I was simply overwhelmed at times at how approachable she was and at how the door to her office was always open. She was never condescending, even when I asked the most mundane questions. She always remembered my name and she was always grateful I was there to cover her team. She knew the stories were often presented to blind eyes and that the stands in the Pete Maravich Assembly Center would still be sparsely populated no matter how hard she tried and how many stories I wrote.


Unfortunately, coach Gunter very rarely had the opportunity to lead her teams onto the floor in front of a packed house. That luxury was reserved for road games, mostly against Tennessee. It was something she always wanted to see, not for her sake, but for the sake of her players who worked tirelessly playing the sport she loved.


But, despite the lack of recognition and the frustration she surely felt because of it, Gunter never pointed fingers and she never unleashed that frustration on the media, at least not while I was there. While other women's sports coaches at LSU begged and pleaded for more coverage and accusingly asked me why their teams weren't front-page-news, Gunter went about the business of coaching her team and answering my questions. She seemed to understand, fairly or not, she would always take a backseat to her male counterparts. She knew that those of us who spoke with her regularly and wrote about every game were doing the best we could as well. That's all she asked and the only reason was because she knew her players deserved more.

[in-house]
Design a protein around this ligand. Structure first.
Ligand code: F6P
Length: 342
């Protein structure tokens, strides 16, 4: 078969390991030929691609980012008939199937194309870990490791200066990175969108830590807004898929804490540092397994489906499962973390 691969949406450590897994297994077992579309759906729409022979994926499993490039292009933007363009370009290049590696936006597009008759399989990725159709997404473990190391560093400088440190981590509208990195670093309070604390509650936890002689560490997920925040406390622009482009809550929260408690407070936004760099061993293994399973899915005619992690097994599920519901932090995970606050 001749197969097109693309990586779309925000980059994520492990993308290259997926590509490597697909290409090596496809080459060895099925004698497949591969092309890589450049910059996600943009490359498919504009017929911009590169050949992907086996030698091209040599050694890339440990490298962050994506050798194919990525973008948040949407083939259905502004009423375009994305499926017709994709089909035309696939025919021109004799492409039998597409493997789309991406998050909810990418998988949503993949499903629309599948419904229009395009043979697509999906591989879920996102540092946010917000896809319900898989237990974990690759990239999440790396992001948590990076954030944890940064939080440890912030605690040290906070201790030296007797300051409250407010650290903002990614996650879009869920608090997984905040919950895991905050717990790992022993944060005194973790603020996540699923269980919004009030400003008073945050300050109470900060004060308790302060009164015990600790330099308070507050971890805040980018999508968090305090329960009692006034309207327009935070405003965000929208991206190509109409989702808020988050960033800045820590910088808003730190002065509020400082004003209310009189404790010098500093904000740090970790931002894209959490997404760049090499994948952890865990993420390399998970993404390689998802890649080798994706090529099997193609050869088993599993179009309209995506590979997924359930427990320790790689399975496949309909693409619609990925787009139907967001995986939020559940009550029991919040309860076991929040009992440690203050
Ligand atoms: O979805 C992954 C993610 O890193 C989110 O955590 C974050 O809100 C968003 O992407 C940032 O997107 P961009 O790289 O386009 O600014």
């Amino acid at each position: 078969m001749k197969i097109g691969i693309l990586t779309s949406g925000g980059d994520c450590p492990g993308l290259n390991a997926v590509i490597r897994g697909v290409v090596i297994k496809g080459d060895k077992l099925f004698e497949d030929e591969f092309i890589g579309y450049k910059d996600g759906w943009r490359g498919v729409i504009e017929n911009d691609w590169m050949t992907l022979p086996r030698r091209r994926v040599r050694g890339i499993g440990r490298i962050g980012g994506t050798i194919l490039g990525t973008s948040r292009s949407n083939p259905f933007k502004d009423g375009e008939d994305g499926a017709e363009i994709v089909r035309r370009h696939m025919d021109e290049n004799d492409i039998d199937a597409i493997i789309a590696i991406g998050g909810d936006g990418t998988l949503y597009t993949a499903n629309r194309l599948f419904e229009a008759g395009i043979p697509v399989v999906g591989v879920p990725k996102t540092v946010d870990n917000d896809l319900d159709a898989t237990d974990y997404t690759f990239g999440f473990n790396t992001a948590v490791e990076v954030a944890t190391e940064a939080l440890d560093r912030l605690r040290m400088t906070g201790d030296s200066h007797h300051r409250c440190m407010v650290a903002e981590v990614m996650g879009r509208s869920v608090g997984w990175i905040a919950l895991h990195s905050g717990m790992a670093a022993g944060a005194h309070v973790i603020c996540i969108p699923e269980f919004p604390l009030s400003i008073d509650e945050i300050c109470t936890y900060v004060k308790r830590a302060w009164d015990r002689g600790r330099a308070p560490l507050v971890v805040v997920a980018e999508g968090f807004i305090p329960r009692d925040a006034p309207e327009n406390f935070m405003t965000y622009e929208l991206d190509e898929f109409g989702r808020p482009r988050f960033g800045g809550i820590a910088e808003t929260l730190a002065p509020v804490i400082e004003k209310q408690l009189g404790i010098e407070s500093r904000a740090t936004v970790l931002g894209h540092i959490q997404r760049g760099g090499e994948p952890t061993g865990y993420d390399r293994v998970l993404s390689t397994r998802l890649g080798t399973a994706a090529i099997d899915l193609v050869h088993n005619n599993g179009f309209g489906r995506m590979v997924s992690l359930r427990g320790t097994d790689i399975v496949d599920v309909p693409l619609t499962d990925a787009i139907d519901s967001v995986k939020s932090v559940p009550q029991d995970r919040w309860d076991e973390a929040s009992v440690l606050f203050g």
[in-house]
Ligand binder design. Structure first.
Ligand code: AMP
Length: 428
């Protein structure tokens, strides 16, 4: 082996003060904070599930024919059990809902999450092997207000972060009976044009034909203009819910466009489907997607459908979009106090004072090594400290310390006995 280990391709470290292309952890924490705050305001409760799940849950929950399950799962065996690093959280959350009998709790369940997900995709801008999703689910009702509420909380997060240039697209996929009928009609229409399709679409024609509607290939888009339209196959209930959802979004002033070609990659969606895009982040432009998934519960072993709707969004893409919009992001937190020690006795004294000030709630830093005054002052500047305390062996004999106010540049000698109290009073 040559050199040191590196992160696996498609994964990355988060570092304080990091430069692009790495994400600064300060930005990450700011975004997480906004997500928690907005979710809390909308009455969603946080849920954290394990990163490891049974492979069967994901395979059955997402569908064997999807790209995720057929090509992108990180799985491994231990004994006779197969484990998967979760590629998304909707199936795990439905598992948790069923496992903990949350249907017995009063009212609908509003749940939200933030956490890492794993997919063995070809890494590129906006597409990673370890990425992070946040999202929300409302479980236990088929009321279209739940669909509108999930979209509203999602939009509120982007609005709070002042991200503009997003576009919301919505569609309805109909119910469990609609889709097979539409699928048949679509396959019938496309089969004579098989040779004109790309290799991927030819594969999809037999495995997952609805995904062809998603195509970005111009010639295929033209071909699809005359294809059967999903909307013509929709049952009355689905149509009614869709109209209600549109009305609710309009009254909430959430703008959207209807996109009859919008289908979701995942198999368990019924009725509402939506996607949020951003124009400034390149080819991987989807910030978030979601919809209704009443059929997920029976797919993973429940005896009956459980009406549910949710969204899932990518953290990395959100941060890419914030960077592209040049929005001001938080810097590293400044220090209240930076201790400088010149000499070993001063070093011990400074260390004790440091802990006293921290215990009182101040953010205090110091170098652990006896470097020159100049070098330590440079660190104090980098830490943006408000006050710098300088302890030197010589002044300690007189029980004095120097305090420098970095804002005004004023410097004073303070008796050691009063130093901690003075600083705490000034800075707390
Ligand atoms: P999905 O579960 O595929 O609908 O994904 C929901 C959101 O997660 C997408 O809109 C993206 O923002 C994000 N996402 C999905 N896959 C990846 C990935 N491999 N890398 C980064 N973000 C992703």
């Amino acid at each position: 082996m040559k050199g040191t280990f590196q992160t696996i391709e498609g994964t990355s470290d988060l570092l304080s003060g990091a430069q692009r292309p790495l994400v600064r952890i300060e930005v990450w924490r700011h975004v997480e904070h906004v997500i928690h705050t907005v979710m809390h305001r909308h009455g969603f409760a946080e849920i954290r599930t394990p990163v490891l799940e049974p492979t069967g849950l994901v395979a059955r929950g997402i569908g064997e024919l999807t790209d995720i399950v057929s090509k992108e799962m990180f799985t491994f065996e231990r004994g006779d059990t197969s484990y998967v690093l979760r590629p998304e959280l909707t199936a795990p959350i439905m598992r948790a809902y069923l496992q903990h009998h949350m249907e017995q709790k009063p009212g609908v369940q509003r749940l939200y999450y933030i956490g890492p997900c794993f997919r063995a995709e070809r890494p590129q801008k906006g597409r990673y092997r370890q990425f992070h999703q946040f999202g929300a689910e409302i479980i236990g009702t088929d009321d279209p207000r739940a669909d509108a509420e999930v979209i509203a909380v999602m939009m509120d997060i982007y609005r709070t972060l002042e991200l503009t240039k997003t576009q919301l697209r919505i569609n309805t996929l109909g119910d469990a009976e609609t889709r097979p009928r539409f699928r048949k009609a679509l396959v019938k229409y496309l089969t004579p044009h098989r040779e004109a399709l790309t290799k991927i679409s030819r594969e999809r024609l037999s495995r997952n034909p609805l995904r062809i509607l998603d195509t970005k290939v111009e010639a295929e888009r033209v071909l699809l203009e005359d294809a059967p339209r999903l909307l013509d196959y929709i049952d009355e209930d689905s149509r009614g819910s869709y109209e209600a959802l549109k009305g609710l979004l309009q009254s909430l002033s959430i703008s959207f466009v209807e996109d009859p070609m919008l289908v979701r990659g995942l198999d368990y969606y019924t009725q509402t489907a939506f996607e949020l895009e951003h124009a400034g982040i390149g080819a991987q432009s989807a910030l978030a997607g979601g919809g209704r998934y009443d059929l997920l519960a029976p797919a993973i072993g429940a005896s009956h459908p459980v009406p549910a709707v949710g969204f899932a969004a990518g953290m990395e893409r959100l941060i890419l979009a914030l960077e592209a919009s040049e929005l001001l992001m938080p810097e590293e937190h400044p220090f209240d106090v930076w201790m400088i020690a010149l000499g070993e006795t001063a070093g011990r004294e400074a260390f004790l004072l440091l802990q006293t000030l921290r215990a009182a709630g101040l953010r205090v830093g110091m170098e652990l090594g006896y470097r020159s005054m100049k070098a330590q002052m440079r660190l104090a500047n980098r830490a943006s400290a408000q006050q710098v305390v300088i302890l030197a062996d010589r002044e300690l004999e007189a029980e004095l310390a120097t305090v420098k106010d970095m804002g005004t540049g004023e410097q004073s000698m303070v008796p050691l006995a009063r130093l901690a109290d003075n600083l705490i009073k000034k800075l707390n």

Now, the crowds have arrived and there is a rare and special feeling surrounding the program she built. Tiger fans have an opportunity to watch a team this season, same as the one the last two seasons, that has as much of a chance to win a national championship as any other in the country. It is an opportunity so few fans get the chance to experience.


It's a shame coach Gunter will not have the chance to lead that team on the floor.


That has been, and will be again, the task of Pokey Chatman, who has assumed not only Gunter's control of the team and her mannerisms, but also her unwavering respect for her players, the fans, writers and reporters who are a part of LSU Women's Basketball.


My dad, a long-time newspaper journalist in Baton Rouge, is fond of telling a story about an opportunity he received in the late 1970's to speak one-on-one with a young, brash Bobby Knight. The resulting story is one of the reasons he is proud to be a sports writer.


While Sue Gunter never held Knight's rank or recognition in the sports lexicon and it's doubtful few read the results, my example of why I'm proud to be a sports writer came in late spring in 1998. Gunter and I sat in her office for an hour or so over a couple of cups of coffee and discussed the reasons why basketball is such a fantastic game. She said how lucky she was to have the chance to be a coach and how lucky I was to be blessed with an ability to write about that.


For that memory and for everything else she did to bless our community, I want to say thanks.


Thank you Coach. 




Chris Macaluso is a staff writer at Tiger Rag Magazine. The son of longtime State-Times and Advocate writer Joe Macaluso, Chris got his start at The Reveille and has since been a fixture on the Baton Rouge sports landscape. He can be reached by e-mail at